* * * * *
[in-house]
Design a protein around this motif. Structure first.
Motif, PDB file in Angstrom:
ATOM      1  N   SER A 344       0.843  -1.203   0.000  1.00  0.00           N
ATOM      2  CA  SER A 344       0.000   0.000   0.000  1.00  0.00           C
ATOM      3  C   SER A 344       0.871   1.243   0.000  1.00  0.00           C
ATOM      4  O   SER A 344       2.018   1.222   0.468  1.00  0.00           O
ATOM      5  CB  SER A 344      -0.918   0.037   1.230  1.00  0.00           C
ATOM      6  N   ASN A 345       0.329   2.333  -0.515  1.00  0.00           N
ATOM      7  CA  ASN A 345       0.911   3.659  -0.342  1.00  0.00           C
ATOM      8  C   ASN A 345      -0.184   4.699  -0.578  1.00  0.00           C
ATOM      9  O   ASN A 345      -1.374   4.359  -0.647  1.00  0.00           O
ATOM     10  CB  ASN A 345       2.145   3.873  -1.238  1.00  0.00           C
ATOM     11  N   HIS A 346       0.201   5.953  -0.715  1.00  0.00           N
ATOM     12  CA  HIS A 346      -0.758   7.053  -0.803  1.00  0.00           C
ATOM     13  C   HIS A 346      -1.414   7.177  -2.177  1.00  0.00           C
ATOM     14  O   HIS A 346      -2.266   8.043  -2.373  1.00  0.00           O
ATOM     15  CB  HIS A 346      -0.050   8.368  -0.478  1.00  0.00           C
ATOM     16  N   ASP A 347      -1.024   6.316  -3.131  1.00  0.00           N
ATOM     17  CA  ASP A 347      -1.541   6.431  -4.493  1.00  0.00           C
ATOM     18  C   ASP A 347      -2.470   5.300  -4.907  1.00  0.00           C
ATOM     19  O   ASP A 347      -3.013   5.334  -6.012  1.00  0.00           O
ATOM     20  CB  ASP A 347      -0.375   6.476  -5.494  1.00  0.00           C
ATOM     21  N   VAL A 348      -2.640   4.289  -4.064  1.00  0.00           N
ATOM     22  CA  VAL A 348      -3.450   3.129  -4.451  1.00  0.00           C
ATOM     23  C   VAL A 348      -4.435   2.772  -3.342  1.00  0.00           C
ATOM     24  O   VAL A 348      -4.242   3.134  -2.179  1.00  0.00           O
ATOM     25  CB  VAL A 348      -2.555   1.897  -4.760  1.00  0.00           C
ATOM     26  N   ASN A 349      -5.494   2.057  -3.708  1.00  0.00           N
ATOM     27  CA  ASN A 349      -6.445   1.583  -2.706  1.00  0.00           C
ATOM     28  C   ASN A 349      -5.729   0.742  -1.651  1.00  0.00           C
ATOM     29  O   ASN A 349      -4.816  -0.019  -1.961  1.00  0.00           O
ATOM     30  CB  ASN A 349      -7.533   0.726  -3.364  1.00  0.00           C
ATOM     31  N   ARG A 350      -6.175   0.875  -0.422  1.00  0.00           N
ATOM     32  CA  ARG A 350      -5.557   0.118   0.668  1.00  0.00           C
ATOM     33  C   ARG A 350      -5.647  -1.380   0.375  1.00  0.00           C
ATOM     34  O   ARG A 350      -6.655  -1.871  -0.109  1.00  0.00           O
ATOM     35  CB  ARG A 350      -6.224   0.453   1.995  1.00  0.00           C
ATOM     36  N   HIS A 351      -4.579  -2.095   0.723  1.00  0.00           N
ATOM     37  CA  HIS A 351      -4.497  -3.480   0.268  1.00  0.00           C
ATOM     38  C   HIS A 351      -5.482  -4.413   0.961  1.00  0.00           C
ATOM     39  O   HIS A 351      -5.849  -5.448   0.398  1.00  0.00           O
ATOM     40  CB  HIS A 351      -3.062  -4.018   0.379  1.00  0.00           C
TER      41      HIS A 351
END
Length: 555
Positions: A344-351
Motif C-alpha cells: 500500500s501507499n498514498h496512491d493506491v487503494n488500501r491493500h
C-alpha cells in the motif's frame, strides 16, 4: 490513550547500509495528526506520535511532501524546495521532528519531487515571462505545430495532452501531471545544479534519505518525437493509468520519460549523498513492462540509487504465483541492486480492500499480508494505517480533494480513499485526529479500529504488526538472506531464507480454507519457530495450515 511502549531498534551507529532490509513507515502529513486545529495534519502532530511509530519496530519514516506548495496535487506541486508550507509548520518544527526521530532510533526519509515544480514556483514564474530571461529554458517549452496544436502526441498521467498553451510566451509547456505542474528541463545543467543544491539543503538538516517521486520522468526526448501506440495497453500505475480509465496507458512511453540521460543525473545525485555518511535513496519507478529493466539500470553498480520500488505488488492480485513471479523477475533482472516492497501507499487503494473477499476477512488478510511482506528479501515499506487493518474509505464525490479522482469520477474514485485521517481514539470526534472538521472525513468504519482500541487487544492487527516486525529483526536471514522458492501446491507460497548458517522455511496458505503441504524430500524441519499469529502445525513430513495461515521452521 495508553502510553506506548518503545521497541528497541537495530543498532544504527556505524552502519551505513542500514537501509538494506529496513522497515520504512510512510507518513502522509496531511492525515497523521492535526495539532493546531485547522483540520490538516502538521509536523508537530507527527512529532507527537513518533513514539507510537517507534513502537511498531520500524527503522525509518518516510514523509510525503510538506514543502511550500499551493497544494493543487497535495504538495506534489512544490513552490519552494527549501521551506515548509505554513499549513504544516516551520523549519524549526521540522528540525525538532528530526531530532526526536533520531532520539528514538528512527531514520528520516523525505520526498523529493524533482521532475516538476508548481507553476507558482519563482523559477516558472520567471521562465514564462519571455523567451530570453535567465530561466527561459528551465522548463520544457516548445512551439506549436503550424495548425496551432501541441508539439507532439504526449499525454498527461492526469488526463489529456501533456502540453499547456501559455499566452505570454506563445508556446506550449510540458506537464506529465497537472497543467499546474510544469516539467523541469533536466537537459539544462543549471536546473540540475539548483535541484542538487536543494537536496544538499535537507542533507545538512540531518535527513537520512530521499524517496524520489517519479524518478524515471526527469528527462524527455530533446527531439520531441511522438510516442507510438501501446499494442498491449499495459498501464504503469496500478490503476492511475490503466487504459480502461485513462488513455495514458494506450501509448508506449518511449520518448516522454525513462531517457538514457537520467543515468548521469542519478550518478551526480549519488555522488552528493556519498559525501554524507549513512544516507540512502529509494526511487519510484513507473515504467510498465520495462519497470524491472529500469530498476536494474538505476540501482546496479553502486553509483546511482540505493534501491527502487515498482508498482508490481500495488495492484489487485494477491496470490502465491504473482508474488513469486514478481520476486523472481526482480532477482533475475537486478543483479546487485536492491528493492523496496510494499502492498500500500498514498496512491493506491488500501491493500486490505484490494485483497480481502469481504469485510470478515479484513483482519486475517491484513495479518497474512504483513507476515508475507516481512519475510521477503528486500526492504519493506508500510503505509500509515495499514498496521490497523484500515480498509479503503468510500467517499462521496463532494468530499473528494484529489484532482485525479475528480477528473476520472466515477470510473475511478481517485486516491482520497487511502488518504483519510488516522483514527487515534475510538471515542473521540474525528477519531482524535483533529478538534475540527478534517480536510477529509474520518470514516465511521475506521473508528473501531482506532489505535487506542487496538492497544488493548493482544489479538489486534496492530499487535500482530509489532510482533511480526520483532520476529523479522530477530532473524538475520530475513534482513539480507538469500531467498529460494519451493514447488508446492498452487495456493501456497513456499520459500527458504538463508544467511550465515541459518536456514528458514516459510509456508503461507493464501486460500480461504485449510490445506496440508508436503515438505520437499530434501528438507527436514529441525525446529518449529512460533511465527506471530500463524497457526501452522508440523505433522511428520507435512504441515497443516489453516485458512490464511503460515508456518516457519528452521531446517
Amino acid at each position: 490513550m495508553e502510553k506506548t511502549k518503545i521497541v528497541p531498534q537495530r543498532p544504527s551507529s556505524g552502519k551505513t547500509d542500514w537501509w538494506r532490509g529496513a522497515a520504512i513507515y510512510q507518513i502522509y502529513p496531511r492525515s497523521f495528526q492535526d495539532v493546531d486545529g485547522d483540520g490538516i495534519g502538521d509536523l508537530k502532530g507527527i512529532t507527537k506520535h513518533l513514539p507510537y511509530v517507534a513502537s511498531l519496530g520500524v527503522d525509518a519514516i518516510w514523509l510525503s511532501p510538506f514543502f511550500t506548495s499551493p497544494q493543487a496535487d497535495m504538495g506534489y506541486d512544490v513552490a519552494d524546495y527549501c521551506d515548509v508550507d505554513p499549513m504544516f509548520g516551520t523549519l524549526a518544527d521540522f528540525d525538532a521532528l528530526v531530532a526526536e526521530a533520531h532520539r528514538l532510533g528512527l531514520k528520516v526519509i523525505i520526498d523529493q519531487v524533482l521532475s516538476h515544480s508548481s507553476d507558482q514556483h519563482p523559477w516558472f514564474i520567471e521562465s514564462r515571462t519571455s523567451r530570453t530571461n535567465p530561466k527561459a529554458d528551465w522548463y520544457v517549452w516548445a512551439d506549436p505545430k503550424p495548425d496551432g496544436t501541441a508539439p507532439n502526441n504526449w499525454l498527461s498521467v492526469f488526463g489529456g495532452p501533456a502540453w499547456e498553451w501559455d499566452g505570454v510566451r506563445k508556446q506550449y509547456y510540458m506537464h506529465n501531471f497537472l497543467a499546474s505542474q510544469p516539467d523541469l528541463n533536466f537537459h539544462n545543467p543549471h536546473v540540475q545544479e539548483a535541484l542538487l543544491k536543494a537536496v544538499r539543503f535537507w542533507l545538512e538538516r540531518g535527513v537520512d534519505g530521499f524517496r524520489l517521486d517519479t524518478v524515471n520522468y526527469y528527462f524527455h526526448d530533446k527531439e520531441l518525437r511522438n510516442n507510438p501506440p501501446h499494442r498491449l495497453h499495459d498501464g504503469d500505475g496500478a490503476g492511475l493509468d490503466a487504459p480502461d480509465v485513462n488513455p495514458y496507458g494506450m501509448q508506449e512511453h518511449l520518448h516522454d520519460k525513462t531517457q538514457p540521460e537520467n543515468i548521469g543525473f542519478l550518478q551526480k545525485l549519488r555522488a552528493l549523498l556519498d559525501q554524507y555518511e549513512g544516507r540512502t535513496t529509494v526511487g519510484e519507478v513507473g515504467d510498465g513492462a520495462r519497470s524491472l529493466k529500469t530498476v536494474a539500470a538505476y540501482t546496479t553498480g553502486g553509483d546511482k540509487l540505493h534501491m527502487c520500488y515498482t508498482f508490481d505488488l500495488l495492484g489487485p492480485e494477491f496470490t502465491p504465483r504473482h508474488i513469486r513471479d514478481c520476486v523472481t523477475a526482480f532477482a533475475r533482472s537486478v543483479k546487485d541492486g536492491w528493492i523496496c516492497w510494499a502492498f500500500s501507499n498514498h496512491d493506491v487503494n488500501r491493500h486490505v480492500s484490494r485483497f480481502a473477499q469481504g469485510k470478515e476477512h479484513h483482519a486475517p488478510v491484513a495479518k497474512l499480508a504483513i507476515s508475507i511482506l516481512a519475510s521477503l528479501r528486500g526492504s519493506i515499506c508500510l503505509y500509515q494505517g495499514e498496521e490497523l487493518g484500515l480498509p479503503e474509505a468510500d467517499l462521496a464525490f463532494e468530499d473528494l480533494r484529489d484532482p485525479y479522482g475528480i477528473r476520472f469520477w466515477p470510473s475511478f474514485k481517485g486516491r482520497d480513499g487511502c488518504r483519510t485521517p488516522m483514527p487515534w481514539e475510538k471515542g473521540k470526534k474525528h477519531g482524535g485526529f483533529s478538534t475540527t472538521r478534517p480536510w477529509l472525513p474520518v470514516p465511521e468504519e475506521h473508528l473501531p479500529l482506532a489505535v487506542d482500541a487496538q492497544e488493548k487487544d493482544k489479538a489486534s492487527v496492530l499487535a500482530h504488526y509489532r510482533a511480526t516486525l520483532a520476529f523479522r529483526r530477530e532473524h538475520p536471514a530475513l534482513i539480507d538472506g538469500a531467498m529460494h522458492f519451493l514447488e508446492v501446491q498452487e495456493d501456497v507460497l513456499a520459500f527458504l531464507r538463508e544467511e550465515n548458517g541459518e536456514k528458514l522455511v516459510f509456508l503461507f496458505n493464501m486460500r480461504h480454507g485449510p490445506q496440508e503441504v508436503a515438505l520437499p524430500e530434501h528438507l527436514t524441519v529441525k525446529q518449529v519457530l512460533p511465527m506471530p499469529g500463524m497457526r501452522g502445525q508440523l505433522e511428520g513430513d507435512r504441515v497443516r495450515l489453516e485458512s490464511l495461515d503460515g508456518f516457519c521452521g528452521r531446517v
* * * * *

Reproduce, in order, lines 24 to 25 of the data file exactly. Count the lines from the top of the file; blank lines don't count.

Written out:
ATOM     21  N   VAL A 348      -2.640   4.289  -4.064  1.00  0.00           N
ATOM     22  CA  VAL A 348      -3.450   3.129  -4.451  1.00  0.00           C